Let me grab a pair of pliers and use brute force and ignorance to peel my way into this. That is super tight. I wonder how much uh setting up with equipment is needed to actually get this accurately to the point. It doesn't damage the wires i'd.

Guess there is a possibility that they could at the wrong temperature could physically expose copper. But having said that, it's just squishing the plastic, isn't it and it is shrouded under here, so it shouldn't be too bad. Let me have another go at this, occasionally checking the screen to make sure i am actually in shot pewn off. It's exposed the middle wire, which is the orange one, is it damaged by? I mean it's, it is now, but how is that sealed? That is totally fused onto the plastic? Oh, that is totally fused on and it doesn't look like it's uh done much damage, although you can see some of the color spread where it's pinched, i think it's just a tiny amount just because well it's crimped it flat.

It must hold these wires in a jig when it does it and then crimp it very precisely with some indents in the dies for that interesting stuff. Okay, let's open the thermal fuse which is kind of crimped shut. This is where a sharp pointy object can be used to stab my fingers. I expect a bi-metallic disc inside list, but we'll soon find out, it's interesting how the products are just so cost engineered.

There's a disk is that the disk - oh there's the bi-metallic disk and a little plastic spacer, so here's the disk, clicky clicky clicky, and it just pushes that contact down to actually break the circuit. Interesting. What about the thermal fuse? I don't think i've ever opened. One of these i should open one of these shouldn't.

I i really should open one of these, it's kind of sealed with a bead of stuff at the end. What if i squish it, this might not be the way to open it. It might not be an easy thing to open full stop, but you know there's only one way to find out and that's to try and open it. This actually feels fairly solid or maybe not there can i slice into this in some way.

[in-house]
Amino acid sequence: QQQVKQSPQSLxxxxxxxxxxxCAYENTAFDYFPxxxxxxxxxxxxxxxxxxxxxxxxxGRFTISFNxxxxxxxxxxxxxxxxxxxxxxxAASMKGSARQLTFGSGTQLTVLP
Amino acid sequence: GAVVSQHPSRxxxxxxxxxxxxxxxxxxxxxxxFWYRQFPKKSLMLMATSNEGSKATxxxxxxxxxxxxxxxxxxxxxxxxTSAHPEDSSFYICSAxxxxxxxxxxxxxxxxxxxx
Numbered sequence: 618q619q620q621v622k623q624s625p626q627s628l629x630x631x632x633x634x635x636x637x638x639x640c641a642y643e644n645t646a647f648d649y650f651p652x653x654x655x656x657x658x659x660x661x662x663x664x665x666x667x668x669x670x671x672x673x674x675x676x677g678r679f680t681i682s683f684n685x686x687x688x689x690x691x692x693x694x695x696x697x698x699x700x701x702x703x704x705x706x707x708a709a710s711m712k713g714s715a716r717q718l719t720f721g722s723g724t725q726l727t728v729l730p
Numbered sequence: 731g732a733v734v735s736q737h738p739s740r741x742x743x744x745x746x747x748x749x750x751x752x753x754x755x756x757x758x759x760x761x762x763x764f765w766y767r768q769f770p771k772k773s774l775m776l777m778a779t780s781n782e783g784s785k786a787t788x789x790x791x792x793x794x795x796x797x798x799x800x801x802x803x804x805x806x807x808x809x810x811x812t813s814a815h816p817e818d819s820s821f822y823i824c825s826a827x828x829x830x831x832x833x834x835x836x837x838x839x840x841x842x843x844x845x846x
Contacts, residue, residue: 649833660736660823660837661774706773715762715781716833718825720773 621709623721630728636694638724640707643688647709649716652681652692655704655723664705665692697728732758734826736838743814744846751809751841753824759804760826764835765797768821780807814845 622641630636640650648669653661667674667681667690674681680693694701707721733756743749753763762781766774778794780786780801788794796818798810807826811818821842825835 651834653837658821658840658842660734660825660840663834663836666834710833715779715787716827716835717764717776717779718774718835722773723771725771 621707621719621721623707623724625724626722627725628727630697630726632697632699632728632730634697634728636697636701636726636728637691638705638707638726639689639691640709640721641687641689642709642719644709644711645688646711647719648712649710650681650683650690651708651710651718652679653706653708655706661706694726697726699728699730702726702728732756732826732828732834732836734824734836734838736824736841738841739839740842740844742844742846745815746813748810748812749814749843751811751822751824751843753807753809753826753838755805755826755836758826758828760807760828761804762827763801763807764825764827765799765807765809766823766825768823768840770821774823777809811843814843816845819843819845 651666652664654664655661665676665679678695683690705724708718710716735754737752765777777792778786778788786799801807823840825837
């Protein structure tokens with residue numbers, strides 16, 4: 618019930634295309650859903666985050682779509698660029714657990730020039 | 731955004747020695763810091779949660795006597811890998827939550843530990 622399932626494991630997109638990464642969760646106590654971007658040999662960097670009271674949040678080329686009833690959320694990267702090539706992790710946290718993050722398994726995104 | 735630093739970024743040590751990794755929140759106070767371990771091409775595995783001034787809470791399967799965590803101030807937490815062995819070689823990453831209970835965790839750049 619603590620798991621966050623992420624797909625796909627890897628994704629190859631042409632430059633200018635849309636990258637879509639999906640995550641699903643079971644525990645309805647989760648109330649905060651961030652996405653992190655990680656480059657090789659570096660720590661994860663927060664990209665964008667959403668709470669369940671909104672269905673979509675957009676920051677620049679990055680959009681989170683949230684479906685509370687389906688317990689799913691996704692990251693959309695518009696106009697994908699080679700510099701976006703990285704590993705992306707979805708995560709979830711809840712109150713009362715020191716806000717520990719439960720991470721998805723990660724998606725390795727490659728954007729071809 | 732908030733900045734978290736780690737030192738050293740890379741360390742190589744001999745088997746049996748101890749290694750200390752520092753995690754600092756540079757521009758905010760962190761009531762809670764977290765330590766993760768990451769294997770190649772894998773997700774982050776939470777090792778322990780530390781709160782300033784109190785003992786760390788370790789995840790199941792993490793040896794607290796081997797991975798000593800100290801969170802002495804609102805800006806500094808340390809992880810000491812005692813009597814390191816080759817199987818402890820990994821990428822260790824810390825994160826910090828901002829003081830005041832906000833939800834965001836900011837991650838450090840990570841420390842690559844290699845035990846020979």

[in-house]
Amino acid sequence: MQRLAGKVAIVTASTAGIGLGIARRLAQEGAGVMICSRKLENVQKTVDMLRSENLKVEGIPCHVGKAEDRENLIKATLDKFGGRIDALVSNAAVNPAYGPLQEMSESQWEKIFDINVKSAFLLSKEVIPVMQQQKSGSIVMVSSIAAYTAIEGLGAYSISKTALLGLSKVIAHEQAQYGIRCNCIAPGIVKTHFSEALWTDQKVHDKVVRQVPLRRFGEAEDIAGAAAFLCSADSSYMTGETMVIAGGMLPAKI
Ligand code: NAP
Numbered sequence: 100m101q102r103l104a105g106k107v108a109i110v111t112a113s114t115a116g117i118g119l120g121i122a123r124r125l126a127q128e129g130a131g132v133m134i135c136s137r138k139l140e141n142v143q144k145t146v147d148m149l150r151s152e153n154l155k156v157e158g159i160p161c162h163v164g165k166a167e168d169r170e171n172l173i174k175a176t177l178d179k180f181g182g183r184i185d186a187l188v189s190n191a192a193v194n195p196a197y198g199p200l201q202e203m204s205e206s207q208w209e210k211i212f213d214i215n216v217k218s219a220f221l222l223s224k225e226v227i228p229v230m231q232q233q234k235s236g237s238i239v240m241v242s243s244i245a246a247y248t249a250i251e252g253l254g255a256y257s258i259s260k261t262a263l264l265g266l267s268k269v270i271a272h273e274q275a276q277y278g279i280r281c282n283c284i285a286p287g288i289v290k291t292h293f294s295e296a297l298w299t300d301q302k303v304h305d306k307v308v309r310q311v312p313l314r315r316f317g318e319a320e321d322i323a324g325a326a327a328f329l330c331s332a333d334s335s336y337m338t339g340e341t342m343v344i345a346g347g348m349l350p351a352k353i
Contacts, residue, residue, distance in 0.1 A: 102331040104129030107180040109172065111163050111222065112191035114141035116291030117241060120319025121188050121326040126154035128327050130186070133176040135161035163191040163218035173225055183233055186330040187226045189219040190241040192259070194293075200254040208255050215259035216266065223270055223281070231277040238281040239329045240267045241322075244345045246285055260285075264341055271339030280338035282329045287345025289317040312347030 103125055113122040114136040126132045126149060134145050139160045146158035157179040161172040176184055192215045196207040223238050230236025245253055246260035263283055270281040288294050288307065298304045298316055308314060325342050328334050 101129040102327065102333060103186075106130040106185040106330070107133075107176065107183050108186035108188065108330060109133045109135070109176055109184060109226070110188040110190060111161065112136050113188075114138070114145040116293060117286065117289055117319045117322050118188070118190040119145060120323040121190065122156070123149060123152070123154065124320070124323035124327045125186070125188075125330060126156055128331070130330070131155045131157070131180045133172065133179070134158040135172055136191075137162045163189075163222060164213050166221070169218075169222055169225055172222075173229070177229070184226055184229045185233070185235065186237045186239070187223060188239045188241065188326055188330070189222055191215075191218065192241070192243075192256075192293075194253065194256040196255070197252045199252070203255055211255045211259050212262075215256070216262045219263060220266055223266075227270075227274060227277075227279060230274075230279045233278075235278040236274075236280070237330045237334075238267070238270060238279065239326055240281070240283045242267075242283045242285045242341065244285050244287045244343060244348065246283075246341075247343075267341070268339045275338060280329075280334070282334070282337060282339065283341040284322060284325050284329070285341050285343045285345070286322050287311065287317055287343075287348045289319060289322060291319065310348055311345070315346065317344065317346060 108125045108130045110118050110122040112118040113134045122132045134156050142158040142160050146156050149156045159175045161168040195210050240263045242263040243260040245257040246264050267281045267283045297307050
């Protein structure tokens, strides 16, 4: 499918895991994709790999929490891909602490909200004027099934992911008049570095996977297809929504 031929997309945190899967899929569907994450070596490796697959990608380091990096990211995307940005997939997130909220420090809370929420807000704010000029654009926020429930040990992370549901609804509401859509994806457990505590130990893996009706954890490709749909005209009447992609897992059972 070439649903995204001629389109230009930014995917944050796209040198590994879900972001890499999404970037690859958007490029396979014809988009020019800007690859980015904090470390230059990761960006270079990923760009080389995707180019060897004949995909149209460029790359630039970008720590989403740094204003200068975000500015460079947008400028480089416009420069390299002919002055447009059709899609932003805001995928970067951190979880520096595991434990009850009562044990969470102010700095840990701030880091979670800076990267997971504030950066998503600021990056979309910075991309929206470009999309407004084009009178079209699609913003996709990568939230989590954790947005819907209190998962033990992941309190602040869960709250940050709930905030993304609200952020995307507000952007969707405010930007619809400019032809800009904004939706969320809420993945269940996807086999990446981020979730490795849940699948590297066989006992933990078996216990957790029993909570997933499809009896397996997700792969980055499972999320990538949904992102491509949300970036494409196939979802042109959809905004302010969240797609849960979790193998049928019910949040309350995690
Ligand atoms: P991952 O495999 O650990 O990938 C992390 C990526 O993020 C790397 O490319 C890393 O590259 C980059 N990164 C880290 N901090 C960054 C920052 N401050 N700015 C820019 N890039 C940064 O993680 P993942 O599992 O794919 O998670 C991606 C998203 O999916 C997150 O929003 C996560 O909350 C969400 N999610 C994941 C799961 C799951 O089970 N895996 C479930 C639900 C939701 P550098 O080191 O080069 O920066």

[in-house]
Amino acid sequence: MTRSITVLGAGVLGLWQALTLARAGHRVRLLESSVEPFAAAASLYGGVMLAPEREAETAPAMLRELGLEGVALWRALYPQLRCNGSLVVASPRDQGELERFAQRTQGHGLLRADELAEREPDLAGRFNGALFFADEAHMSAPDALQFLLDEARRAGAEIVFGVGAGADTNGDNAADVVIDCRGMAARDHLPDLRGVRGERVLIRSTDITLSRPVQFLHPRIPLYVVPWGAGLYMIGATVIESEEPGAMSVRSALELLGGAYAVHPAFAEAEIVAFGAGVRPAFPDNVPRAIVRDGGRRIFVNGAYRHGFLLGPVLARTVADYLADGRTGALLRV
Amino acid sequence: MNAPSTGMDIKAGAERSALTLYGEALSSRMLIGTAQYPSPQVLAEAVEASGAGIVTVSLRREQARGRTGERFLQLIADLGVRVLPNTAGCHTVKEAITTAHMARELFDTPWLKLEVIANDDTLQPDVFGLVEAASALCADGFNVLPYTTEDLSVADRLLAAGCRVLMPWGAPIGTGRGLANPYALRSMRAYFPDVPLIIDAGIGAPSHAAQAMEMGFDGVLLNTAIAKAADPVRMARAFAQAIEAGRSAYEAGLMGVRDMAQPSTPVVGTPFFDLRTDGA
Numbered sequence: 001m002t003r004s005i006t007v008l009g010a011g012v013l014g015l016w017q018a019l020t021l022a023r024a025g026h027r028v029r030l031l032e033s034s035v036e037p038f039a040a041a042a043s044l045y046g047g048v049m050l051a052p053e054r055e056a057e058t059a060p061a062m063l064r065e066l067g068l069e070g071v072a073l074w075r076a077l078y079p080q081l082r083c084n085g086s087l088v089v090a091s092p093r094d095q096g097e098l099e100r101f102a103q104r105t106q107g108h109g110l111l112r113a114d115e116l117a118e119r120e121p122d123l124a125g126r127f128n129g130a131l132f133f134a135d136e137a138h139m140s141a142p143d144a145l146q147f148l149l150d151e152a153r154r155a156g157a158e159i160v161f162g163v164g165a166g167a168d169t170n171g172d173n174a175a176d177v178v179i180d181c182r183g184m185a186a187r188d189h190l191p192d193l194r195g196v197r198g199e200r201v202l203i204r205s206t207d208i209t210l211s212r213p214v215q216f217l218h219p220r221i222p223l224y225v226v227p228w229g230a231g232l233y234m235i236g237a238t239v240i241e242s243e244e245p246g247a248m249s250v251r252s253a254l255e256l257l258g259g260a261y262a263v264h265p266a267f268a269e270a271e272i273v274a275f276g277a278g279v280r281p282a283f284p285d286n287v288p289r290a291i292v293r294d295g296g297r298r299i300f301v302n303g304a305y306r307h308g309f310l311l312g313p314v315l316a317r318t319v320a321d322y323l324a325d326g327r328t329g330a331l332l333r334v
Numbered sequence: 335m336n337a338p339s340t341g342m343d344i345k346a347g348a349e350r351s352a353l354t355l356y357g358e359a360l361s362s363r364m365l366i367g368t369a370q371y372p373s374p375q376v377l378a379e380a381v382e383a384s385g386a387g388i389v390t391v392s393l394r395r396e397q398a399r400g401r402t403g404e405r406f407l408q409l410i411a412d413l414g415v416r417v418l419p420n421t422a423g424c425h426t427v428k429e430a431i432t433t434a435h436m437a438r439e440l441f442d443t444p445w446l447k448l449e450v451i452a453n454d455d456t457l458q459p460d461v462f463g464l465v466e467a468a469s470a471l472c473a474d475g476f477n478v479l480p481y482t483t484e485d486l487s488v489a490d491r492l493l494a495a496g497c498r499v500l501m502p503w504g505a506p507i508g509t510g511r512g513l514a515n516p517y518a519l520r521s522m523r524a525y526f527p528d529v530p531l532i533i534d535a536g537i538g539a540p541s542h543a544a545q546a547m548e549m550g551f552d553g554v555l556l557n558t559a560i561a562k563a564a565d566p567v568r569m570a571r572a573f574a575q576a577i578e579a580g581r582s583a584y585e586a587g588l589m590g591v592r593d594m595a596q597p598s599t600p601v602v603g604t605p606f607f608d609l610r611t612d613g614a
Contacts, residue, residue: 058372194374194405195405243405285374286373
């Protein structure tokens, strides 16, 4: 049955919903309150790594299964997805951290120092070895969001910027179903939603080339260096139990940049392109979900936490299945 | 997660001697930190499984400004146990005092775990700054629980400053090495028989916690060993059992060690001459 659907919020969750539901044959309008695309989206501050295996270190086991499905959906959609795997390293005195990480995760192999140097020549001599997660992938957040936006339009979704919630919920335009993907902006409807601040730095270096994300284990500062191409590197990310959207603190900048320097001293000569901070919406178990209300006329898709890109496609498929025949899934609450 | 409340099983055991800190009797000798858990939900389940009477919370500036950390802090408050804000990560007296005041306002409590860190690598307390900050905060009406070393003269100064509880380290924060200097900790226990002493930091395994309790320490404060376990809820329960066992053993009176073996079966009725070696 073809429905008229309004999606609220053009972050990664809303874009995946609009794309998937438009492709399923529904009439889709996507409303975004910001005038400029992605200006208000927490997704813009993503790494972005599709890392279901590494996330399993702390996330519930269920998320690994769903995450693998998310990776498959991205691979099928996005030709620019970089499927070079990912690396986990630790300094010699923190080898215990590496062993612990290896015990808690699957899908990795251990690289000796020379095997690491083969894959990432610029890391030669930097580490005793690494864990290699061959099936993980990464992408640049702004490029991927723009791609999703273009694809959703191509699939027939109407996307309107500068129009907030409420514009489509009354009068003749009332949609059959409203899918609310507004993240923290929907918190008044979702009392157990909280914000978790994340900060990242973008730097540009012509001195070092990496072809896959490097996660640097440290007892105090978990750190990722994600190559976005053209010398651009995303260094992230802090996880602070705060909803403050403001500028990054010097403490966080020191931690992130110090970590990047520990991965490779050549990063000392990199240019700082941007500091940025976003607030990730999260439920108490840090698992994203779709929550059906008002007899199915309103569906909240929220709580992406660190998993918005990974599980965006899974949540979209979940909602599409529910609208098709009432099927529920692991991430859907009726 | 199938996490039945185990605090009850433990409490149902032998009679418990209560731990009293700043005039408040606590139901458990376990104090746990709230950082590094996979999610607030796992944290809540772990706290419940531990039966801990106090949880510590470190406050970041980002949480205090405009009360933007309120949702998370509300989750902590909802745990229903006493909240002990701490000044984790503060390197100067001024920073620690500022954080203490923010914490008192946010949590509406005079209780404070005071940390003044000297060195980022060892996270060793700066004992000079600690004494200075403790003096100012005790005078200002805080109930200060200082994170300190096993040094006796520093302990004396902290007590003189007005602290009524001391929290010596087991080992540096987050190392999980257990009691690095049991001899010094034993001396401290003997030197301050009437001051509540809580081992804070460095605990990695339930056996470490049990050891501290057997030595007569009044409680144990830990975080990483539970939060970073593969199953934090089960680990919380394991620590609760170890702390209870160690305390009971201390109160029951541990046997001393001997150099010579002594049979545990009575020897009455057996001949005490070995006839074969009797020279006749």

Oh, that is ceramic at the end, that'll be why it's so solid yeah that that would definitely work. Let's try pinching the end off this. It's making scrunchy noises uh right. What does it reveal? It reveals powdered ceramic.

Oh, you know what i bet. It's got a very thin wire going through that that, when it melts it may kind of absorb into that like a high rupture capacity. There's actually, what looks like a a little spring in there right tell you what give me a second, i'm just going to pause. While i peel this back, because i think it's going to take a moment one moment please, okay, that was kind of inconclusive.

I think it would be interesting to take a dremel to one of these and slit one open because it had two springs in it: a small heavyweight spring at the bottom, and it had a softer spring above that with a sort of serrated spacer. I'm wondering if these were actually making sure don't eat in this powder, because well i'm trying to lick my fingers to pick this up. This is probably a bad idea with unknown white powders on the table, but i'm guessing that maybe there's a thermal alloy like a low melting point soda and then the springs retract uh to break the circuit. But then this loose powder inside then fills that space to make sure it can conduct through it.

I'm not sure it wasn't really as obvious as i was expecting. I don't really see a sign of the obvious alloy that i was expecting, but interesting, very interesting indeed, but there we go that is what's inside these cost optimized refrigeration industry thermostats. This one came with sort of a wiring loom, suggesting that it's probably made to fit a standard model. Well, that's pretty that's a statement to the obvious, but um.